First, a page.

from a speech manipulation perspective, the following example is quite ugly,

  os.rename(fn.encode('utf-8'),  new_fn.encode('utf-8'))

You can pronounce rename, encode, OS (but you get the case wrong), you can spell out "f" and 'n' most of the time as well as 'u', 't', 'f', '-', and '8'. With modern speech recognition technology, if you are really lucky, you should be able to say everything correctly in two or three tries. In other words, very low efficiency of speech recognition use.

Using the classic embedded dictation model complicates the user interface and dictating the entire line is fraught with misrecognition risk as well as instilling significant anxiety in the user. A common sense solution would break the entire line into multiple utterances. Implications of this will be discussed in a later post but once we have a way of stringing together individual utterances, we've made significant progress bridging the gap between what can be spoken and what is written.

The first argument of the first term fn.encode('utf-8') contains three things that are hard to say and one that is annoying. The first is the name fn. A programmer, acquainted with the code would know that it's also an alias for "filename" but it could also be an alias for "function name", or some number of alternatives. The problem with speaking the name directly is the user has no clue as to what they need to say and no way to correct a misrecognition.


One solution is performing certain operations outside of the context of the application. In this case, the translation of a name to something a user can speak. Translating a spoken name to a written name is problematic because there are so many transformations people have developed for this purpose. Some are algorithmic in nature, others are more ad hoc, motivated by events such as discovering a name generation pattern created a name collision.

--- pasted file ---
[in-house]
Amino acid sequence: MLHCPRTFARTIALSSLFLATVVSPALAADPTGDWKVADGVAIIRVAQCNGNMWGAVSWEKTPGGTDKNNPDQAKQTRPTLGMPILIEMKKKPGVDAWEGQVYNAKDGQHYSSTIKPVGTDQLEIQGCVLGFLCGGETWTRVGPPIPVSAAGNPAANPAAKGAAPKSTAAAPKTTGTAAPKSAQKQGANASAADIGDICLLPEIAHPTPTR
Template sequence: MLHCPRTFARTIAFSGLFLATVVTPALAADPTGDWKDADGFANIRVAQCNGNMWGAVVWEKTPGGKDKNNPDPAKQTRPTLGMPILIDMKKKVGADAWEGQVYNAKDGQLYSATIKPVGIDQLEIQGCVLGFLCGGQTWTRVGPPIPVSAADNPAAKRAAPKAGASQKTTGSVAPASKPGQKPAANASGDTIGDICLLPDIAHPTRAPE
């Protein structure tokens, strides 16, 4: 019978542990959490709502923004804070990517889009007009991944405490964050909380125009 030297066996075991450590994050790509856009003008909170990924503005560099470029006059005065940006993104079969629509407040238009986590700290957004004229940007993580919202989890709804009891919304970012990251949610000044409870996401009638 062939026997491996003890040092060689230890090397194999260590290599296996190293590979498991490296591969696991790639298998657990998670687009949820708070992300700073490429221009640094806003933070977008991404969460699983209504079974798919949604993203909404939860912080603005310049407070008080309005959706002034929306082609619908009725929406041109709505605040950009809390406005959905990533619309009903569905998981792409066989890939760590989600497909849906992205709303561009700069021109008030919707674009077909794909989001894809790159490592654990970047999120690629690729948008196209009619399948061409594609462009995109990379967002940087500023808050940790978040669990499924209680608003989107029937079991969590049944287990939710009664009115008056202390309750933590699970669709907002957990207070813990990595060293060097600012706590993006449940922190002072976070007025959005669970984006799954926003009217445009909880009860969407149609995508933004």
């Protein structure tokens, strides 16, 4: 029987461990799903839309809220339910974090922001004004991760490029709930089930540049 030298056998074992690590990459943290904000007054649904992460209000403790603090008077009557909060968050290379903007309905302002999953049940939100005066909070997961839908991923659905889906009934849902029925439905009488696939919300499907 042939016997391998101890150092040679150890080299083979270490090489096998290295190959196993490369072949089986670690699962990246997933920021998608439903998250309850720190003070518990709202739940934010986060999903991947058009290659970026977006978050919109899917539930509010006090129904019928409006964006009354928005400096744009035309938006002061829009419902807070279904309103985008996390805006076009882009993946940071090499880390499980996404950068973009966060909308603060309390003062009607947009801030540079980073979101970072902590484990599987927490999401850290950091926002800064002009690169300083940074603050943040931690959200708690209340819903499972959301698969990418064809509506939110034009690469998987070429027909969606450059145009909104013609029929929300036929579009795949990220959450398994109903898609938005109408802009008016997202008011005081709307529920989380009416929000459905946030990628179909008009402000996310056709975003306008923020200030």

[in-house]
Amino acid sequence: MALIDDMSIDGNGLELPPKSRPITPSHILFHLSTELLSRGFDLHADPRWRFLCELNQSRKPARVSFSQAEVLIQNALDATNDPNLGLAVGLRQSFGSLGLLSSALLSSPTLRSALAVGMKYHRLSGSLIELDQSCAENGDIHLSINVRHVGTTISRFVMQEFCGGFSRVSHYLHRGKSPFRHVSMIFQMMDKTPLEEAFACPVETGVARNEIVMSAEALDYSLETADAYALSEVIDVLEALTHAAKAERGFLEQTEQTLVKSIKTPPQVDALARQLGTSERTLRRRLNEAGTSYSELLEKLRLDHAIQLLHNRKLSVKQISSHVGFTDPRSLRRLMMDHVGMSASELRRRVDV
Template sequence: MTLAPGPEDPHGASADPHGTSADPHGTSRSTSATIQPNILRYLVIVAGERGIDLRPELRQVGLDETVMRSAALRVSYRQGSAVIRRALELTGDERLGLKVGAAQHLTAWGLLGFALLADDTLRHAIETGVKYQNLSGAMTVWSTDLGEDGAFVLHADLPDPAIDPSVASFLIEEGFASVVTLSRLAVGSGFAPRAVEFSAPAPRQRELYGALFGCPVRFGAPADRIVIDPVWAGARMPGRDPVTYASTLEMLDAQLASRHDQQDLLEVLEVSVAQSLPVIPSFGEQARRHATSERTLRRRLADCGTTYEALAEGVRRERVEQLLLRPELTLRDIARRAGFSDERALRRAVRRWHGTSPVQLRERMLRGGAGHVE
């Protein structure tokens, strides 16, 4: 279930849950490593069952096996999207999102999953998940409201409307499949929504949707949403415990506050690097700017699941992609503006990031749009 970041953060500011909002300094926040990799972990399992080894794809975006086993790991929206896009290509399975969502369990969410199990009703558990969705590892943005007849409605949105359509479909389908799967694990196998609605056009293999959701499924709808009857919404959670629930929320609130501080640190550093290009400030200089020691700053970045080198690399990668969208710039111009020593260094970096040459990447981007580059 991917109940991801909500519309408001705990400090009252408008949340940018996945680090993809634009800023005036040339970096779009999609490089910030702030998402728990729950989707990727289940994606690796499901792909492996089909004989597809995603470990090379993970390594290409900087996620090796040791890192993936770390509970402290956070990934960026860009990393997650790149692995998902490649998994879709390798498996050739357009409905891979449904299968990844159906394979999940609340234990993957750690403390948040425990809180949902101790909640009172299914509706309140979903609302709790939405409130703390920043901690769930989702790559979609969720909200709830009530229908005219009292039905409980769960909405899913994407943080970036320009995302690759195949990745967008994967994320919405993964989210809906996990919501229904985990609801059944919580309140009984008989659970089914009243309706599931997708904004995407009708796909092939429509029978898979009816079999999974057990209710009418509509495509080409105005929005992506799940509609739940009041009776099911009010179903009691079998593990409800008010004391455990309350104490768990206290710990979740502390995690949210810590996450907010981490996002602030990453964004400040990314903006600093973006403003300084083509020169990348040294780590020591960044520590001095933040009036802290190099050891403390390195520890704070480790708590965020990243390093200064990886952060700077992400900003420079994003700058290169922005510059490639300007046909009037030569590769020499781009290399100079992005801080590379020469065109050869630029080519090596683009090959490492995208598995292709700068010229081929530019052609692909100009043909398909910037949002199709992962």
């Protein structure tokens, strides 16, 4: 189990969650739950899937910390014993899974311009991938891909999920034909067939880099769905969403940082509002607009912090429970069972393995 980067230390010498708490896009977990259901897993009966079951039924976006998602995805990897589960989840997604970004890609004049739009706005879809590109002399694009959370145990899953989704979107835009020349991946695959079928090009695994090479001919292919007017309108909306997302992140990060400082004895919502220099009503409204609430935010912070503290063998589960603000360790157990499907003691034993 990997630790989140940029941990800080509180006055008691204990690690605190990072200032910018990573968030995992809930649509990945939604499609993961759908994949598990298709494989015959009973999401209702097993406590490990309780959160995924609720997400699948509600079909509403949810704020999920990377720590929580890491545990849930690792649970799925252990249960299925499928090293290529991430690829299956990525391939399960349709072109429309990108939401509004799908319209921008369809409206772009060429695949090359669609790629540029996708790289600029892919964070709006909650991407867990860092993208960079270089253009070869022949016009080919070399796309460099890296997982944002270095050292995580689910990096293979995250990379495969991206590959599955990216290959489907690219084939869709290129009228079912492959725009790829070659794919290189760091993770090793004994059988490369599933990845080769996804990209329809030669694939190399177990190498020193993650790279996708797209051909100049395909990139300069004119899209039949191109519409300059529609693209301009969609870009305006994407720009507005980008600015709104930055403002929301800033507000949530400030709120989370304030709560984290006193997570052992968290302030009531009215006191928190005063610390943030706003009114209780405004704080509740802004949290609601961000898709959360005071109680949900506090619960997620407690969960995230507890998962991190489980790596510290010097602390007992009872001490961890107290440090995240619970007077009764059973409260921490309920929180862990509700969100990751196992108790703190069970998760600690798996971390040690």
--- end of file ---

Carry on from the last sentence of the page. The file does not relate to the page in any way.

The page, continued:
Until now, the descriptions of what to do have been abstract. Now it's time to get concrete using the example of a code symbol generator.

Normally data transformation processes from and to the application are idempotent. Unfortunately, it's not possible to maintain that symmetry under circumstances like this one. Transforming plain text to a codename is easy... sort of.

   credit account  --> Credit_Account
   credit account --> credit_account
   credit account --> crdtAcnt
   credit account --> crdtAccnt

Pick one.

Once you've made your selection, the reverse transform is difficult. A symbol, once modified to fit coding standards, frequently loses information as to the original meaning. Humans are pretty good at guessing at the original meaning but it's a tricky problem for software to do the same thing. Using the examples in a list above, work out the algorithms for going back to the original English text. It's important to remember there is no crime in a bad reforming of code name into text name if the reverse transformation results in the same code name. For example:

   crdtAcnt -> 
         cardtype a count
         card read type account
         credit a count

It's important that when the reverse transform is applied to a code name, it generates a name that will successfully generate the original text name. Sometimes, the only way to enforce this behavior is by using a name cache remembering the original and generated name one of the name generation schemes.

In practice, simple name generation is not always sufficient. Experience in other domains has shown, one could increase the chances of getting an appropriate name by using environment dependent name scope information.

The next level of concrete comes with applying this name generator in an application, namely the code editor and that comes in the next entry.